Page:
If a baby hummingbird were fed only normal nectar this would cause harm to the baby hummingbird. The baby hummingbird would likely be severely crippled or even die, due to the fact the normal nectar lacks enough protein.

A baby hummingbird will begin to fly at about the age of three weeks. At this time, the mother hummingbird will accompany the young birds for a few more days to show the young where the best sources of nectar and bugs can be located. It is after this that the young birds are then left to live on their own.

Even though I have a large knowledge base on the subject of hummingbirds, I never want to stop learning about these amazing birds. I know I enjoy making these kinds of discoveries and it is my hope that you all will as well. This type of topic especially makes me think of my mom and our shared love of these birds, because I know she would have enjoyed making these same discoveries right along with each of you.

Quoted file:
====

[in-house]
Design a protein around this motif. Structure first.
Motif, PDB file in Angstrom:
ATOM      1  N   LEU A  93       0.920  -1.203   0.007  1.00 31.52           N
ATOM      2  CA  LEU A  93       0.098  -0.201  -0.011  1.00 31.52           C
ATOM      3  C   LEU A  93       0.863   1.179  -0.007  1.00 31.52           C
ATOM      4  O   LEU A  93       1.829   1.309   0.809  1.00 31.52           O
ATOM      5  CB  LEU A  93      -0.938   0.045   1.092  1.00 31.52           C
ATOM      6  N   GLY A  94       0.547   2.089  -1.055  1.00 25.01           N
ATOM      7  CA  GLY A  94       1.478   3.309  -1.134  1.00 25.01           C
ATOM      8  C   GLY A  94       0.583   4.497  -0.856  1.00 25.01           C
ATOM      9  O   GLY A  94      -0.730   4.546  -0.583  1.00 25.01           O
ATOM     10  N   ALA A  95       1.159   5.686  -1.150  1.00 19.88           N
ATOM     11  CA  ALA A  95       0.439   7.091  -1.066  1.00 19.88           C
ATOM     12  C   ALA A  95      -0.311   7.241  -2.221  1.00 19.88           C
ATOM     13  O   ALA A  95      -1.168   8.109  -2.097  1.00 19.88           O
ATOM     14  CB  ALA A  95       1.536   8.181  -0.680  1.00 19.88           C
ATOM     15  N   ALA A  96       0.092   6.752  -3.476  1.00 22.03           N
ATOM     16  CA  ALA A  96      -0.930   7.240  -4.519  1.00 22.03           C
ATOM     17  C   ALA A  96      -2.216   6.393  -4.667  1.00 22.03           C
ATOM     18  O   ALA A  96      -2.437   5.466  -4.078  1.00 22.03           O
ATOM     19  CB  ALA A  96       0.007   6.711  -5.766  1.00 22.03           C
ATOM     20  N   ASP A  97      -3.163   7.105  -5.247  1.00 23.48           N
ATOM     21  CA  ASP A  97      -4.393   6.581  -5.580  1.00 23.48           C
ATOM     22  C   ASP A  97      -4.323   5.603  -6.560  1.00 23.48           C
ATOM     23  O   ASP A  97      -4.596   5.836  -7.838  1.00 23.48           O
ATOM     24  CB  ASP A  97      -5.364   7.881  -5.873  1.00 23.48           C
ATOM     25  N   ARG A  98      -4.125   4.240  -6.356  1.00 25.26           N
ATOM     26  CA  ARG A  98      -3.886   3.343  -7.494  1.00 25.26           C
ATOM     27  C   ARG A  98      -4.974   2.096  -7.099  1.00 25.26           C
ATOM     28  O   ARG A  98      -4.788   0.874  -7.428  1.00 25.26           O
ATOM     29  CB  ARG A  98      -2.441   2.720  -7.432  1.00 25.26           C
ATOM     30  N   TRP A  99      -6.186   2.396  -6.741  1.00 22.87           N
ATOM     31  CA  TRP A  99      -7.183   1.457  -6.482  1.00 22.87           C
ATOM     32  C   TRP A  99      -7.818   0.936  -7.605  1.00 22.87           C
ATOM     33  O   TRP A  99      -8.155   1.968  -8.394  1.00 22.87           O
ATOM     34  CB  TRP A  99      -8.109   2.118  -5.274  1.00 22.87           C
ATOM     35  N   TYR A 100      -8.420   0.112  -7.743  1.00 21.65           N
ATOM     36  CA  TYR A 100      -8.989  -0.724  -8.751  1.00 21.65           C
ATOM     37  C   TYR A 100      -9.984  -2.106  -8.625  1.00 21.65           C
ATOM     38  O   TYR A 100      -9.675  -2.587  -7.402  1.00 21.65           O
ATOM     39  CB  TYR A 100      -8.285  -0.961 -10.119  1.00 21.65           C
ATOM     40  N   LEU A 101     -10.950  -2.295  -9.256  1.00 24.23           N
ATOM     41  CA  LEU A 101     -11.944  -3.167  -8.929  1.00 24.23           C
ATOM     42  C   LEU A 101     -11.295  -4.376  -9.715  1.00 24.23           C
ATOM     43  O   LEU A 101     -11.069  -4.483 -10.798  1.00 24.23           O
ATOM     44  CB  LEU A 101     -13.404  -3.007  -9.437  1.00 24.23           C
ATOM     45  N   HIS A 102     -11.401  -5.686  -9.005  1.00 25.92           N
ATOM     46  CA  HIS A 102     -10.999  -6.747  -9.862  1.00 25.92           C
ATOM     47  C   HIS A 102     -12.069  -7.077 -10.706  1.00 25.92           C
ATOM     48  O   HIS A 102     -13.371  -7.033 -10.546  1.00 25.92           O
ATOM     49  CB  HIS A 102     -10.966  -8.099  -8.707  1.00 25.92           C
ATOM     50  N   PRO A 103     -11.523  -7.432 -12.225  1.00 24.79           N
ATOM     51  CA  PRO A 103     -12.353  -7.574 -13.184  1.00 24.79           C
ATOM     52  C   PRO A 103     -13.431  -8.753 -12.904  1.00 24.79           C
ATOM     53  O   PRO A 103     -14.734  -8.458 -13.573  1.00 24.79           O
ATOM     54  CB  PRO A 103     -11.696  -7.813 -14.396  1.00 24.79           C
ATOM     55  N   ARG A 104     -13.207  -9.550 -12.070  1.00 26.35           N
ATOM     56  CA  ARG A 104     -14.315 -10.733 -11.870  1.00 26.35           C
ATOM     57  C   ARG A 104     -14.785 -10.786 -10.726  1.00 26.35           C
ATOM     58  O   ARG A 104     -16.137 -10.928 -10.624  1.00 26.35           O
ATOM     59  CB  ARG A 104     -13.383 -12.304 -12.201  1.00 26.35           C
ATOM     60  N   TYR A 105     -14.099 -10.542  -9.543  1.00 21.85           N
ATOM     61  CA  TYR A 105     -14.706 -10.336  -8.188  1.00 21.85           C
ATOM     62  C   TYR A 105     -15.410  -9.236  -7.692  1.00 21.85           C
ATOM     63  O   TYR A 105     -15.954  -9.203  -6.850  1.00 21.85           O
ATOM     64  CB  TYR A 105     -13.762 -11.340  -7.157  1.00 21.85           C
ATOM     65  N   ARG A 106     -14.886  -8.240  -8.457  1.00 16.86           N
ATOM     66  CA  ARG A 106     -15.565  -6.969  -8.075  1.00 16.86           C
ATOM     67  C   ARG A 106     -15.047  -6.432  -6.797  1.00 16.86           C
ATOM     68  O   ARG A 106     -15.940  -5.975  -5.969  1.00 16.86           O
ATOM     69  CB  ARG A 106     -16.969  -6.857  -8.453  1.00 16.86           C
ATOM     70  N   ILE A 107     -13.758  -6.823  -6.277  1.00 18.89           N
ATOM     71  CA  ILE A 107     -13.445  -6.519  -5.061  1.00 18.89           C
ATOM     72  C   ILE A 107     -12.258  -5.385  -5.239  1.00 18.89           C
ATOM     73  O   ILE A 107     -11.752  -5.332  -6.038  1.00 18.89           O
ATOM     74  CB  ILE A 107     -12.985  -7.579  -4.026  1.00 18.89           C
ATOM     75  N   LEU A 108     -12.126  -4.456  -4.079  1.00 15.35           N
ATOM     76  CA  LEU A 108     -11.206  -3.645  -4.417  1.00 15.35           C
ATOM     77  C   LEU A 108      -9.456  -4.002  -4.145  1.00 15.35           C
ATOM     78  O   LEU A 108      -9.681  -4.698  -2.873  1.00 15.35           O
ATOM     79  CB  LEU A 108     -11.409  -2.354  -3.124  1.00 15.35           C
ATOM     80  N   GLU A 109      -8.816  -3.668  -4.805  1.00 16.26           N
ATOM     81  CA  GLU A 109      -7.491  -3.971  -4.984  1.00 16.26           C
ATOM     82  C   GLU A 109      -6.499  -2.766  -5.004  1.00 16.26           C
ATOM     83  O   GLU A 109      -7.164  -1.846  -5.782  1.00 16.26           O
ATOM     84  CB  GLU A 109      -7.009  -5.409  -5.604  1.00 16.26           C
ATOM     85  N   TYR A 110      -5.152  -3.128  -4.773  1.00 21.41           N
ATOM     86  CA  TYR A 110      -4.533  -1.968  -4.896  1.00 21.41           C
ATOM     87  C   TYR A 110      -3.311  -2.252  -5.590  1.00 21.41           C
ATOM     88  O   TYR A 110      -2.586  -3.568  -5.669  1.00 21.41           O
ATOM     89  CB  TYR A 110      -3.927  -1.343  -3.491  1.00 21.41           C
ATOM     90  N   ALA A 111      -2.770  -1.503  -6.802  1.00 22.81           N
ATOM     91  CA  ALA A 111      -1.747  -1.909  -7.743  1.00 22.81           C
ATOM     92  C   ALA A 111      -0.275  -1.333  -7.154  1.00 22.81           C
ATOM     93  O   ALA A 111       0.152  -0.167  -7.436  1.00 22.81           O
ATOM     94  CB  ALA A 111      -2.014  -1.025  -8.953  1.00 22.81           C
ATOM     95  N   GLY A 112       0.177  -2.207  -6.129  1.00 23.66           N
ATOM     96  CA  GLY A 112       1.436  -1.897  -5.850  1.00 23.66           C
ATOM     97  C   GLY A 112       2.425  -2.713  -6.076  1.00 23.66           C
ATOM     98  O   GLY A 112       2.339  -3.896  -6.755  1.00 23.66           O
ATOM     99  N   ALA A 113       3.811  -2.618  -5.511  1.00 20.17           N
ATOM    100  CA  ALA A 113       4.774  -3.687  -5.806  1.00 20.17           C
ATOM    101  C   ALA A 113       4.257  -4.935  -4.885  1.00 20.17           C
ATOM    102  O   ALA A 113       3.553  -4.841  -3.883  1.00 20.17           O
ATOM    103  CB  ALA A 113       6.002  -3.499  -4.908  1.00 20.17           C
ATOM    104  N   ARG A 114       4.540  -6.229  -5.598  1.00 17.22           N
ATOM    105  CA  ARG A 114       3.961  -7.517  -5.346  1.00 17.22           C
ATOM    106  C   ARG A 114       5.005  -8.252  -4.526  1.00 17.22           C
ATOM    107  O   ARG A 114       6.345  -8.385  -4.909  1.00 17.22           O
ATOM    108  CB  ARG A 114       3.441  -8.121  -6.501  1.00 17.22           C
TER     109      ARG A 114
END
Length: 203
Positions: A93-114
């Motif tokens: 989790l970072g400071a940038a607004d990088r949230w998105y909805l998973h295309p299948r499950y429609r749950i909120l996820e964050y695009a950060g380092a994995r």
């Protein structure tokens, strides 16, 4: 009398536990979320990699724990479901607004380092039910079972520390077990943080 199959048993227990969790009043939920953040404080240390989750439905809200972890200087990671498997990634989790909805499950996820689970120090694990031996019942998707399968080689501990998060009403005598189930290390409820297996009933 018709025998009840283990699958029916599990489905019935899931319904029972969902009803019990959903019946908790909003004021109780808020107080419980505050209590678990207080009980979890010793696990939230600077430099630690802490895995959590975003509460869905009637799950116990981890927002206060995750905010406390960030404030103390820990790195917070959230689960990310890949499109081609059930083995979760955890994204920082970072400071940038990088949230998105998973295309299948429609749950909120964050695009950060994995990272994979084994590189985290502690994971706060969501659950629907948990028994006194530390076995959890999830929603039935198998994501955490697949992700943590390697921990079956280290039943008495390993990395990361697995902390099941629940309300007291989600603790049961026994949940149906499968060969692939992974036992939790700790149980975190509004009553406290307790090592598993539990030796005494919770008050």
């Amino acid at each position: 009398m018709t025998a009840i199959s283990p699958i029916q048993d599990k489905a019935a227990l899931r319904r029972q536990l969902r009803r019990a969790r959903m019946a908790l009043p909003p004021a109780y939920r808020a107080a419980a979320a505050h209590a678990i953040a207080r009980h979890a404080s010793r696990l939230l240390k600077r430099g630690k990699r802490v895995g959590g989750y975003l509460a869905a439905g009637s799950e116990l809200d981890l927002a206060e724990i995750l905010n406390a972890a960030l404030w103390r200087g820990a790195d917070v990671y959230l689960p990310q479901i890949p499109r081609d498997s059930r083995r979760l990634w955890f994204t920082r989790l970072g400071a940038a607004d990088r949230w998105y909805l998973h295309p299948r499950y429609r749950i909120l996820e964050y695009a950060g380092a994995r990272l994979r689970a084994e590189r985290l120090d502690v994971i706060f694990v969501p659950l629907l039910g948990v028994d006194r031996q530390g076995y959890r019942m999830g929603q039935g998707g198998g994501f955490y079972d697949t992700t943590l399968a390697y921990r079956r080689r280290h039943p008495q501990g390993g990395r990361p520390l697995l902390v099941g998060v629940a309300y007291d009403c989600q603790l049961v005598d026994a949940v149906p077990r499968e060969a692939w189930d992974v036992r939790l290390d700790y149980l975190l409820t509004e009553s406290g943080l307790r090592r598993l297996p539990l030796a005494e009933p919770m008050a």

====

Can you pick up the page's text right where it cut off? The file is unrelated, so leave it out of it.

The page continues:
Hummingbird Food

Proper Storage of Hummingbird Nectar Solution

Whether you are an avid hummingbird enthusiast or if you are a new fan of hummingbird watching, it is important to be aware that your hummingbird feeders will need to be refilled quite frequently. With this in mind, you may wish to make a fairly large batch of homemade nectar solution ahead of time. Regardless of if you choose to make your own nectar solution or to buy it, you must know just how long it can be kept in the refrigerator and how to store it properly and safely.

Until you have some idea of the number of hummingbirds that will be frequenting your feeders, I would recommend making just enough nectar solution to refill your feeders at the given moment. This helps ensure that the solution is fresh at the time your feeders are replenished.

Once you have a better idea of the number of hummingbirds that will likely be visiting your feeders and with what amount of regularity this will likely occur, you may then decide to mix up a larger batch of nectar solution. This homemade nectar solution can be stored in your refrigerator for up to two weeks. It is important that the nectar solution be properly labeled to ensure that the contents of the container are clearly known to all.